We urge all Labour Party members and those purged to boycott the AWL’s conference. Instead, we call on the Labour left to move motions in Labour Party and Momentum branches and Labour organisations that condemn the purges, the demotion of Jackie Walker by Momentum and call for democratic structures in our organisations. There are a number of model motions available on the LPM website.

Carla Roberts, Labour Party Marxists
(letter to the Weekly Worker)

STWC: Main enemy is at home

Stan Keable of Labour Party Marxists reports on the September 14 Stop the War Coalition AGM
Despite the war threat against Syria. Despite the temporary boost given to the anti-war movement by the August 29 parliamentary vote against a military attack on Syria. Despite David Cameron’s humiliation, attendance at the 2013 annual conference of the Stop the War Coalition at Westminster University was down to less than 100. This was compared to the 200-plus in March 2012 and over 300 at the 2010 conference. That was the first year in which the Socialist Workers Party no longer mobilised its rank and file to attend, after John Rees, Lindsey German and Chris Nineham split off from the SWP to form Counterfire.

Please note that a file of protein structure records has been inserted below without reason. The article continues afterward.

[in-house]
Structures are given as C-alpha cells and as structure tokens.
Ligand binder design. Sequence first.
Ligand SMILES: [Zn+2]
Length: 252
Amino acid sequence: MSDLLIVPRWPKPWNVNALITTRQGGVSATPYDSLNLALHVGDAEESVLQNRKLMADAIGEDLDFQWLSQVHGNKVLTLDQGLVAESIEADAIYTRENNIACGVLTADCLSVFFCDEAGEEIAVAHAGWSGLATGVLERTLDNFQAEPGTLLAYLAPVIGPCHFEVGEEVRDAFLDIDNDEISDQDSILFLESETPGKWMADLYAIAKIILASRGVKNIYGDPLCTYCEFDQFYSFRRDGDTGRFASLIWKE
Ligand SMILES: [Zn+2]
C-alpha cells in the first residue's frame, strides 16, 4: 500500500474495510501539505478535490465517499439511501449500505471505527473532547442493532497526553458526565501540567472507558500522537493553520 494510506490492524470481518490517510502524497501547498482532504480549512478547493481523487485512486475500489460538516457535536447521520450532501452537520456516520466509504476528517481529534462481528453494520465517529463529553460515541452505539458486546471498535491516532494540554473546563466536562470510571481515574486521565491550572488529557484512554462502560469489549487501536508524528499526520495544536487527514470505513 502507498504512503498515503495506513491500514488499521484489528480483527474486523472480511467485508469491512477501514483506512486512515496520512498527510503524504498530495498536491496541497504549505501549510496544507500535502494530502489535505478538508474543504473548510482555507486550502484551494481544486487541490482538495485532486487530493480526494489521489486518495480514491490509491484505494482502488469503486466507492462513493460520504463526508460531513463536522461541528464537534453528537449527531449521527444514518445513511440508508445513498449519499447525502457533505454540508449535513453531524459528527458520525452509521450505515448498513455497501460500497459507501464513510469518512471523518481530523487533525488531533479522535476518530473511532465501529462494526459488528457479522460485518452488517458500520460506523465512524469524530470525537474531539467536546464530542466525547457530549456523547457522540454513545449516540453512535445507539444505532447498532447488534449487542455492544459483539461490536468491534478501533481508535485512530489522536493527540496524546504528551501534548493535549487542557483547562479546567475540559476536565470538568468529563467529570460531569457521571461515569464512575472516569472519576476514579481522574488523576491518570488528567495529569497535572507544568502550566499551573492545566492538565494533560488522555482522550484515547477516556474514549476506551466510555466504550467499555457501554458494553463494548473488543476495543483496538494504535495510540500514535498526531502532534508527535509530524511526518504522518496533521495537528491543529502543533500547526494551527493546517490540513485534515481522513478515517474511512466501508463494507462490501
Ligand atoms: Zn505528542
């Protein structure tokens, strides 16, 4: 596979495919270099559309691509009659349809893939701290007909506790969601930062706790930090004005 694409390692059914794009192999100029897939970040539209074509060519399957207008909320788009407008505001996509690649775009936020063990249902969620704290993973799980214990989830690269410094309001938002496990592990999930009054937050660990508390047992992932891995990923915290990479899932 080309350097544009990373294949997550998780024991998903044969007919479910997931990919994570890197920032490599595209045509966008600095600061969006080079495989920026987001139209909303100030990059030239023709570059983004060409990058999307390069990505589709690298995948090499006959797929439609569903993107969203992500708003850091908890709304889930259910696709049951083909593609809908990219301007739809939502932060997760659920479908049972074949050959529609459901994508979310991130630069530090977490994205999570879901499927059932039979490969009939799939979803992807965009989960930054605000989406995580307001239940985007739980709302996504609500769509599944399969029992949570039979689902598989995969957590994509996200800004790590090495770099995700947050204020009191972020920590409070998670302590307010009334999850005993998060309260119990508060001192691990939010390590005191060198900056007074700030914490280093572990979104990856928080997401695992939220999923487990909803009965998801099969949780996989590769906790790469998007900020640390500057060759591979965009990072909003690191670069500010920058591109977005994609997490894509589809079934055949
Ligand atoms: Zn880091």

The coalition has been suffering from a lack of foot-soldiers ever since, and the appearance of new faces on local demonstrations immediately prior to the parliamentary vote was not reflected in attendance at conference. Although the SWP’s Judith Orr chaired half of the conference, few SWPers were present and the organisation’s Party Notes circulated two days later made no mention of Stop the War.

The coalition’s lack of numbers, however, is now compensated for by its gain in prestige, with official recognition by the Trades Union Congress. In 2003, although the TUC had opposed the invasion of Iraq, STWC vice-president Andrew Murray explained, it had “stood aloof from the movement”. Now, in its September 11 statement on Syria, the TUC general council committed itself to “strongly oppose external military intervention” and to “work with civil society organisations, including … the Stop the War Coalition.”